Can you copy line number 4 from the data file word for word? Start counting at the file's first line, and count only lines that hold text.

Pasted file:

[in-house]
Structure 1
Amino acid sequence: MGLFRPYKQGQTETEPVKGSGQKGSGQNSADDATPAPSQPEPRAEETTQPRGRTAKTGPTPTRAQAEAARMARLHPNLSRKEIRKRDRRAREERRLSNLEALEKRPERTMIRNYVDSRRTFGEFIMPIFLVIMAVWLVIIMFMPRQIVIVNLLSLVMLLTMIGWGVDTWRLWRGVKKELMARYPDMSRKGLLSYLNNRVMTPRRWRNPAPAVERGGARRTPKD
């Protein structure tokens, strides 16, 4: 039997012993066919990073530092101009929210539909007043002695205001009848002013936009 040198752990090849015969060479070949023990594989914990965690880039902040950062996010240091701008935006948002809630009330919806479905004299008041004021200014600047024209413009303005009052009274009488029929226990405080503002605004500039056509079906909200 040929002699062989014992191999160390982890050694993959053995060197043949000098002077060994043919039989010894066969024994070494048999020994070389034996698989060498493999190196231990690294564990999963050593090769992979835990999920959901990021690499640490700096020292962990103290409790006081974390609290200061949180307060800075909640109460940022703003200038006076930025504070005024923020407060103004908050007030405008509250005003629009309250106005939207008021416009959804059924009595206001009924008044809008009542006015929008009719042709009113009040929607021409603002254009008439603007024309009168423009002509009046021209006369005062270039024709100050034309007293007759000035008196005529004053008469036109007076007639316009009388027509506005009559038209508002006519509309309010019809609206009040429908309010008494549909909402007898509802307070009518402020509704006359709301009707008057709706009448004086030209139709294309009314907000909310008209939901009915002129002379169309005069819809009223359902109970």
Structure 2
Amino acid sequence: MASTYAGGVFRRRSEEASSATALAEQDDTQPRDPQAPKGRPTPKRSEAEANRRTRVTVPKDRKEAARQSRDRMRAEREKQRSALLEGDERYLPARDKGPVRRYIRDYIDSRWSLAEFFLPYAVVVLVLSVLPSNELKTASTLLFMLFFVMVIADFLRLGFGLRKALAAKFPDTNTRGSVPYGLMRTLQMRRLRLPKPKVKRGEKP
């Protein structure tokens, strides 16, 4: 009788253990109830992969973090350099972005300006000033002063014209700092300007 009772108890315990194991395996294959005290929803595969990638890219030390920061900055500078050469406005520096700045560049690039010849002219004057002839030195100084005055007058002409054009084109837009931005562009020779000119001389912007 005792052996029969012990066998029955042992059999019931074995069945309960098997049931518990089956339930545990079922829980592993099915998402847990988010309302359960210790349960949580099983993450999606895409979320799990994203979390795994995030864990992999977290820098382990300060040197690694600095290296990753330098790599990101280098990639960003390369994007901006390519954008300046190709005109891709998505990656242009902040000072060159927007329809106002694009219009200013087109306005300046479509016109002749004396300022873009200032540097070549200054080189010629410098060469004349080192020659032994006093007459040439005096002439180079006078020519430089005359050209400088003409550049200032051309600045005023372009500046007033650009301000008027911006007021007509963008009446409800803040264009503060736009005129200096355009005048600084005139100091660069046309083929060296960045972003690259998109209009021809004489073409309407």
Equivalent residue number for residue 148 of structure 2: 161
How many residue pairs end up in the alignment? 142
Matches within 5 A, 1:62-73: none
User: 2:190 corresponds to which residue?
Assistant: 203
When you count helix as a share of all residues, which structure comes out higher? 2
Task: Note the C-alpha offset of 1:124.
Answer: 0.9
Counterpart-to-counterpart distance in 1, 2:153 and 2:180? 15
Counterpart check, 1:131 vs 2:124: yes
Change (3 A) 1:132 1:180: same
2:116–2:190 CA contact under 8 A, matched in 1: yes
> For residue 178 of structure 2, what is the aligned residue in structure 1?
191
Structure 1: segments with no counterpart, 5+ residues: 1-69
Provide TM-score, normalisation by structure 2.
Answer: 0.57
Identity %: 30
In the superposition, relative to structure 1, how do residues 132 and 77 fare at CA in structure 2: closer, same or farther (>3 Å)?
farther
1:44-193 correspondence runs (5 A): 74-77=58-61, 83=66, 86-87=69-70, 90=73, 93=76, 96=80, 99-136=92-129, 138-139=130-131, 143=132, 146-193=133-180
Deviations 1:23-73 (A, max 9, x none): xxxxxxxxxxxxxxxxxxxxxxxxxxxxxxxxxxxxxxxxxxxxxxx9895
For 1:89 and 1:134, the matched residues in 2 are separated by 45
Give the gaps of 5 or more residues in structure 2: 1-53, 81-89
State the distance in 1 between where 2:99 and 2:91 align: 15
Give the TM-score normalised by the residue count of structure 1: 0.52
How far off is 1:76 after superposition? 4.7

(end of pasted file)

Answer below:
């Protein structure tokens, strides 16, 4: 039997012993066919990073530092101009929210539909007043002695205001009848002013936009 040198752990090849015969060479070949023990594989914990965690880039902040950062996010240091701008935006948002809630009330919806479905004299008041004021200014600047024209413009303005009052009274009488029929226990405080503002605004500039056509079906909200 040929002699062989014992191999160390982890050694993959053995060197043949000098002077060994043919039989010894066969024994070494048999020994070389034996698989060498493999190196231990690294564990999963050593090769992979835990999920959901990021690499640490700096020292962990103290409790006081974390609290200061949180307060800075909640109460940022703003200038006076930025504070005024923020407060103004908050007030405008509250005003629009309250106005939207008021416009959804059924009595206001009924008044809008009542006015929008009719042709009113009040929607021409603002254009008439603007024309009168423009002509009046021209006369005062270039024709100050034309007293007759000035008196005529004053008469036109007076007639316009009388027509506005009559038209508002006519509309309010019809609206009040429908309010008494549909909402007898509802307070009518402020509704006359709301009707008057709706009448004086030209139709294309009314907000909310008209939901009915002129002379169309005069819809009223359902109970």